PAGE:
" And I am sure," she said at last, "that if only we do what 
He wants us to do, and are not selfish and wicked, but are 
true and kind, that is the best way to be happy. And He 
will show us all the rest." 

And then a warm impulse moved her, and she put her 
arm suddenly around Fan's waist and drew her to her knees, 
and spoke softly to the Father in heaven for both of them, 
and asked the living, loving Saviour to reveal His grace to 
the girl by her side. It was done in the most natural manner, 
and only occupied one or two minutes ; but when they arose, 
Fan was seciired as a loyal disciple for ever. 

" And I will never forget it," she said, through her tears. 
"I love you ; I know you are a lady, and not used to this sort 
of thing, and only come to do us good ; and it was my fault 
that you were set on that time ; but you don't know how I will 
love you ! " 

" And you will really be my friend, Fanny, and help me ? 


Ah, then we will make our Grove more like Paradise than it 
has ever been before ! Do you think you could joersuade 
the boys of the Grove to come and spend their evenings with 
me. and will you help me entertain them, and see that they 
have a real good time ? I want to get them out of the streets, 
and teach them how to enjoy better things than pitch-and- 
toss, and swearing and cheating. But, of course, they will not 
come if my evenings are dull. I mean them to be very lively ; 
and as you know what sort of things they like, your aid will 
be invaluable." 

■' Tes, I will come with pleasure. I know all the boys in the 
court, and believe I could persuade them, one and all, to spend 
their evenings with us; that is, if we make it worth their 
while. I won't quite exactly promise every evening until I 
have talked it over with my mother. I didn't use to think so 
much of my mother as I do now ; but I've thought a deal 
about her lately, and I'm going to make things better for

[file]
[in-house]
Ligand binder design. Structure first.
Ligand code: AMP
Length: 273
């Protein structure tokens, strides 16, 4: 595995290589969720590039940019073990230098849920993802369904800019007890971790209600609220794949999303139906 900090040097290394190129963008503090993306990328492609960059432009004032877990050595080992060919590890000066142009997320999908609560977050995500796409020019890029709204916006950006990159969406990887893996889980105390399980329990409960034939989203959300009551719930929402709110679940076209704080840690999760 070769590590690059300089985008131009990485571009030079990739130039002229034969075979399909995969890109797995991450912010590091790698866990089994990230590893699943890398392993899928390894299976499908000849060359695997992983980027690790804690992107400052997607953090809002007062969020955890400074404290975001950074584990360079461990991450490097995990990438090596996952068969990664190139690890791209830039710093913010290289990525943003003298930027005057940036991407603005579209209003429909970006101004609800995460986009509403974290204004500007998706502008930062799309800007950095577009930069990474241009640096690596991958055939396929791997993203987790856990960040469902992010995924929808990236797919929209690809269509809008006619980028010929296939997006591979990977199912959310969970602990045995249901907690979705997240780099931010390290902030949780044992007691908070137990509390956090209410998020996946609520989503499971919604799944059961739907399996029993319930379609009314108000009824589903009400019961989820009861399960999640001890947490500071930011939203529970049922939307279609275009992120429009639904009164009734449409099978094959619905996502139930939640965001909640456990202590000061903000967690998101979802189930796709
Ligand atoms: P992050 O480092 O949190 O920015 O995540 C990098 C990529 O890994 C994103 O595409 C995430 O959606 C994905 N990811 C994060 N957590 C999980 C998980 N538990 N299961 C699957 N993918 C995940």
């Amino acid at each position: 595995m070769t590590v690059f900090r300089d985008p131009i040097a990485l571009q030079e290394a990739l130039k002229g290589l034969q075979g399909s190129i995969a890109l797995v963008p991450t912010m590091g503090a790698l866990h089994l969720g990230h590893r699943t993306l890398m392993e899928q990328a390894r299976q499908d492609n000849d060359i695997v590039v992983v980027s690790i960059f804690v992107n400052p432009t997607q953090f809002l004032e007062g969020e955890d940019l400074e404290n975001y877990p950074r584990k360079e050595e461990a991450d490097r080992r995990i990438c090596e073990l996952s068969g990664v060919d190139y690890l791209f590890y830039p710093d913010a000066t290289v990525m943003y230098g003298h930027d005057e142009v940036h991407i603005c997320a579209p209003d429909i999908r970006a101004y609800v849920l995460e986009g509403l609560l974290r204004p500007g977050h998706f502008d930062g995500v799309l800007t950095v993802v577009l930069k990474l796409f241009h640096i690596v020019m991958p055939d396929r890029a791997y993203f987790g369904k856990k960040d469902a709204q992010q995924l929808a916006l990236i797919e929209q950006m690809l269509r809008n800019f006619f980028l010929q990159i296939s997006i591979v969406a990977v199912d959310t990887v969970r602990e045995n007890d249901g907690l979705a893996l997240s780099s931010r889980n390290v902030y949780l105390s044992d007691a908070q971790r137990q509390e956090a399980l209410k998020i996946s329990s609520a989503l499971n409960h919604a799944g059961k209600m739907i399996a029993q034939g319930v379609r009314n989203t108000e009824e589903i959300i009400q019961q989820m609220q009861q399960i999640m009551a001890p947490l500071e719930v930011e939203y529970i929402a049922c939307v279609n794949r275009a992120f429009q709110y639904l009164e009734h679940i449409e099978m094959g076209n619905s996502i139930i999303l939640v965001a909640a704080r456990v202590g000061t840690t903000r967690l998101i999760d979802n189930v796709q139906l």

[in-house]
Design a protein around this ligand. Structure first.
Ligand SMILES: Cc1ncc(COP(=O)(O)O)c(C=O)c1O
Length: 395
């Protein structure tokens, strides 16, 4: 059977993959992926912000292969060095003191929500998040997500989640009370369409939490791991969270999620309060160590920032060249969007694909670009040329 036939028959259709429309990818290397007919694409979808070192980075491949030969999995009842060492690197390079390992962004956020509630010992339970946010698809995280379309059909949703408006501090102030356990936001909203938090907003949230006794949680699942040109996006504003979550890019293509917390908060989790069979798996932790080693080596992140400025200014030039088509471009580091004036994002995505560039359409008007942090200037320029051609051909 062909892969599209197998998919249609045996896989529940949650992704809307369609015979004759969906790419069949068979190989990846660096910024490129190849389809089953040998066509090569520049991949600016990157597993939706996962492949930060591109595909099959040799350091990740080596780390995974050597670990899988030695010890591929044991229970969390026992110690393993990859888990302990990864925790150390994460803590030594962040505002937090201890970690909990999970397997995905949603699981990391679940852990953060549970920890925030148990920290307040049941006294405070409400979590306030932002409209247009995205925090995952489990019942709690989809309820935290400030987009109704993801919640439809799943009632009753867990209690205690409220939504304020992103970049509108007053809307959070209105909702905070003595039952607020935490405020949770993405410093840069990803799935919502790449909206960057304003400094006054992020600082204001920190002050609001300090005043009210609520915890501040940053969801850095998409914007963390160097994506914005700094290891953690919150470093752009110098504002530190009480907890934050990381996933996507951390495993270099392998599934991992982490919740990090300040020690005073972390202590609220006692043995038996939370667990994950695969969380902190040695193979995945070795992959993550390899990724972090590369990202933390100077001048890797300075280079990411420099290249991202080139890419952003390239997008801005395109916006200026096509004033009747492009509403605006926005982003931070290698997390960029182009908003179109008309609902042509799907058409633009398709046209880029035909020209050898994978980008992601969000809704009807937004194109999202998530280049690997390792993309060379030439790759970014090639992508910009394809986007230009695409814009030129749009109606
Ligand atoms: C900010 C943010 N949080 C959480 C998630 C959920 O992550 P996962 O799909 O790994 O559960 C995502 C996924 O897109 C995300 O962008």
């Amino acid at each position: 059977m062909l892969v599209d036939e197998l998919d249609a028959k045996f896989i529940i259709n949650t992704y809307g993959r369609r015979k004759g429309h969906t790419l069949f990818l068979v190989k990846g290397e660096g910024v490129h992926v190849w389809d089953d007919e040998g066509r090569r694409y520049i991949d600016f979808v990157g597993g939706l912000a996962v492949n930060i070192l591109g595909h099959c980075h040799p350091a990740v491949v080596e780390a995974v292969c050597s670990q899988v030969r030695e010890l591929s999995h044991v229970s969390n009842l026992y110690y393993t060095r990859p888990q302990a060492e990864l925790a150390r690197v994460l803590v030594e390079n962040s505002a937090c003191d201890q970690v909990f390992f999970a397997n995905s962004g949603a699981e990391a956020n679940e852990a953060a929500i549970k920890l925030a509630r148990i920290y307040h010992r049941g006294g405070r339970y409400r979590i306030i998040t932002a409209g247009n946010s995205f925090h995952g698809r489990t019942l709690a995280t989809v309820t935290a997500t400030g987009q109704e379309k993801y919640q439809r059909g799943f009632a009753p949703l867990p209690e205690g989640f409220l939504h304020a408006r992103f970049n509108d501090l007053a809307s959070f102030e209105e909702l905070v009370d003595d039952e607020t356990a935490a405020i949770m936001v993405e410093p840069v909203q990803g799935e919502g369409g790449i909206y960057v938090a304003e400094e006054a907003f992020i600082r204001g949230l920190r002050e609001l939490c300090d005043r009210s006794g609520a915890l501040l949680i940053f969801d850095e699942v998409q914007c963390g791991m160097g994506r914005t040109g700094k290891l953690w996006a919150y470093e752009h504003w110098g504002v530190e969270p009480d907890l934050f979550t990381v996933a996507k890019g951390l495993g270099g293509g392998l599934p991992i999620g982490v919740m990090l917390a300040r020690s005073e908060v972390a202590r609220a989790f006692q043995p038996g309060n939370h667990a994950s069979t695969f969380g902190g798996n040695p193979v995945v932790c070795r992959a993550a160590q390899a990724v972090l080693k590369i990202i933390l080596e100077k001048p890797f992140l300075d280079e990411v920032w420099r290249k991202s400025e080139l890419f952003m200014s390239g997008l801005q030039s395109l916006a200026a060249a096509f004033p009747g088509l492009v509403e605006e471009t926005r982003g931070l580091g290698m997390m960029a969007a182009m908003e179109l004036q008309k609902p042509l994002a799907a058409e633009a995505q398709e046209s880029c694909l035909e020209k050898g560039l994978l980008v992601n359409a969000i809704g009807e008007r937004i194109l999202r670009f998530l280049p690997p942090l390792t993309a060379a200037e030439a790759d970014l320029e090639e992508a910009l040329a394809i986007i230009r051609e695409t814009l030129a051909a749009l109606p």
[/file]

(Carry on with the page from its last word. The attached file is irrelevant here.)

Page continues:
mother. There ain't no sense in trying to do other people 
good, and neglecting your own mother, is there ? " 

What made the Basket Woman blush and look conscience- 
smitten and uncomfortable ? She did not speak for a moment 
or two, and then, in a faltering voice, she said : "Ton are quite 
right, Fanny ; ask your mother, and I will ask mine." 



THE harvest was over, and it had been a good one. The 
usual festivities were held, and were more really joyous 
than such occasions frequently are. Already in many parts 
of the country the true leaders of the people were looking 
foi'ward to the winter, not only in preparation, but with 
resolution, and were manfully determined that, if they could 
not prevent the usual sin, they would prevent some of the 
attendant misei-y of the days of cold and gloom. Arthirr 
Knight was doing the work of two or three men. His brain 
was busy in regard to his own people ; but whenever and 
wherever it was possible he was preaching his Gospel of 
Christian unity for the world's good. By the seaside, in the 
mission-hall, in drawing-rooms, in chapels by the dozen he 


, 4. Kv fpelin<^, that the 

„as entreating, in wovAs m^de e^;>-?litlt the world 


them And. happily, J^ni^^^^^-' same thing. 

^Svest festival tl- occ-ion J oi^^^^^^^^ T ^^ "^^''^'forno 

::rthT;Teason," the people ^-^^^ iU was what 
reasoSasall knew who were an the sec ^^^.^. i ^oney 
IvSyhodyeoiild appreciate, and dxci. ^ ^^ 

W'tba? it would not find its way ^-t*. th^J^^ ^heir families 
nofdid it, for the eveiit made ^le jn^^^^ -^ the fact that it 
?o share it. The beauty of the^^^^^^^^ ^.^.^^t any threat of 

of' i"j ^' ., . 11 There were a few loafers in tlie parish, 
Nor was this all. ^^^""^IZ^l^^ the same day an offei ot 
and every one of these I'^cei^ed on tne ^^^^^ ^^^^ ^^^^ 

W^ work at good wages The.e we^e ^^^^^^^^. ^ 
iftheircharacters and eac of^hese^^^ ^^^^ 

men's home the next Sunday. ^o;^J{g ^1,0 could do very 

S,Tld wovk, and even ^^ ^^U feef'^e^^^^^^ 
little, so that they ^^fj^^^e In connection with each of the 
and not fear the workhouse in ^^^ pxirpose of a 

Xirches a room -f, ^° ,^^^3fatg-i?om.'' An i-fff ^.^^^ 
o-irls' parlour," era ^'o^^. '^^^Tcoffee, was signed by Mai-